17th January, 2016 (last edited: 23rd January, 2016)
I love Voleur de Roses! Some rose fragrances are just too much...cloying, "funeral home" strong. This one is just right, and the patchouli adds the depth and sexy appeal. I'm saving up for a FB of this!
31st December, 2015
Voleur de Roses is a nice soft rose with patchouli. At first spray one might say that it comes on strong, since the rose is dominant here with a background of patchouli. Patchouli can sometimes be overpowering and cloying, not here. To my nose it is not a strong rose/patchouli like other fragrance I own. The dry down is very nice, warm and quite floral.
09th November, 2015
Genre: Leather
Dr. Jekyll and Mr. Hyde. The opening accord of dry, yeasty rose and patchouli is exquisite. Then, after I've worn it for five or ten minutes, the patchouli and rose mutate into…cannabis smoke. That’s right: it doesn't smell like a head shop - it smells like my brother-in-law's bong!

When the drydown arrives, two or three hours later, it's a lovely arrangement of woods, but what Voleur de Roses does in the middle is beyond my tolerance. I won't appear in public smelling like I've just smoked a whole pound of weed.
09th July, 2014
I am hard pressed to think of another perfume that is so instantly attractive to my nose. It is a relatively simple scent based on three notes - rose, patchouli, and plum - but the interplay between these three notes is fascinating. The opening is that of plums on the turn, a sweet smell of fruit slowly rotting in the sun. This is a genius note, because since it is so quickly joined by a wet young rose and damp, earthy patchouli, you aren't quite sure whether the fruity decay belongs to the rose or to the freshly upturned earth, so the rotting plums effectively form a bridge between the rose and patchouli. It actually kind of reminds me of Diorella a bit - not the scent itself, but the way that the note of rotting fruit is set against the earthy background notes to create dissonance and interest. The feel of the perfume is wet, lush, and what I can only describe as "botanical".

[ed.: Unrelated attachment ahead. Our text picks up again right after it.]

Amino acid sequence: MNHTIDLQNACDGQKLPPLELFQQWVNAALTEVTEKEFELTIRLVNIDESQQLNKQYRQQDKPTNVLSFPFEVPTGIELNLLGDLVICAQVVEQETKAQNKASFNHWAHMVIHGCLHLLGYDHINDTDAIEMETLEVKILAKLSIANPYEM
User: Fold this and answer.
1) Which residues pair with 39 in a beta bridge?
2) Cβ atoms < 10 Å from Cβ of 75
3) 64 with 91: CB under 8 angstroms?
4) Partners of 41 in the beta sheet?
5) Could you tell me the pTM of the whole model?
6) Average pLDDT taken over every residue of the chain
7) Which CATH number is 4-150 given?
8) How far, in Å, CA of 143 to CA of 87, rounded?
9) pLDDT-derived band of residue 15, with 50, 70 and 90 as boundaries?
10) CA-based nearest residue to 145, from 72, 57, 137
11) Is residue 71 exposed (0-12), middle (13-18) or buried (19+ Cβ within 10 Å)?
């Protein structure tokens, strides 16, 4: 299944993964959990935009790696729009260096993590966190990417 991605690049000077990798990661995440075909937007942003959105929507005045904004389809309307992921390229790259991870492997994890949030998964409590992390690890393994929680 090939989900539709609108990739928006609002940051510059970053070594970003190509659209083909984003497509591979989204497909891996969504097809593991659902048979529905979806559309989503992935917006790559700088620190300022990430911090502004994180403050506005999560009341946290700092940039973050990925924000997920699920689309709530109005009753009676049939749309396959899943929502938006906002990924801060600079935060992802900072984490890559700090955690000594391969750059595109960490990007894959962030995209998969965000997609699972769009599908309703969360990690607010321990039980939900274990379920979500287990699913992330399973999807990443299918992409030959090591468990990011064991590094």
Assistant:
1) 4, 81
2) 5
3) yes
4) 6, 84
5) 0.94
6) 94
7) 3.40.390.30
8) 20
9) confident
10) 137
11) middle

I don't find this as dark or as brooding as other reviewers. The patchouli dominates the rose, yes, but it is not a sinister, raw, or aggressive sort of patchouli. In fact, that brings me to what I see as a big drawback to this scent: the whole thing comes off as quite delicate and transparent, like a Japanese silk screen print. With notes as "tasty" as these, you want the scent to be deep, bloody, resonant and almost pounding in their intensity. But this never provides that rich type of boldness I crave. Another issue is longevity / sillage. Normally, I don't care about this at all, placing most if not all of the importance on the quality of the fragrance itself and whether I respond to it or not. But I have to say that I would like to at least be able to smell the fragrance on me one hour after applying.....

I had the opportunity to buy this at a very good price from a fellow basenoter, but after dithering for a few days, I decided not to pull the trigger, due to these issues. I tested about three vials of the fragrance over the course of two days, each time dumping the entire vial on my skin: each time, the same thing happened - after one hour, the fragrance had grown almost too faint to smell, and after two hours, all trace of it was gone. It's a great pity, because the smell itself is just amazing. It really is. One of the most gorgeous perfumes I've tested in the last six months. But even at the excellent price at which this was offered, it is still too costly to use purely as a cologne splash, which is the only way I could ever get this to stay perceptibly on my skin. Two big thumbs up for the smell itself though.

30th June, 2014

Add your review of Voleur de Roses

You need to be logged in to add a review

Shop for Voleur de Roses products online

Shop for Voleur de Roses at online perfumeries

Search Amazon for Voleur de Roses

Member images of Voleur de Roses

You need to log in or register to upload images

Private Notes

You need to be logged in (or register here) to use Private Notes.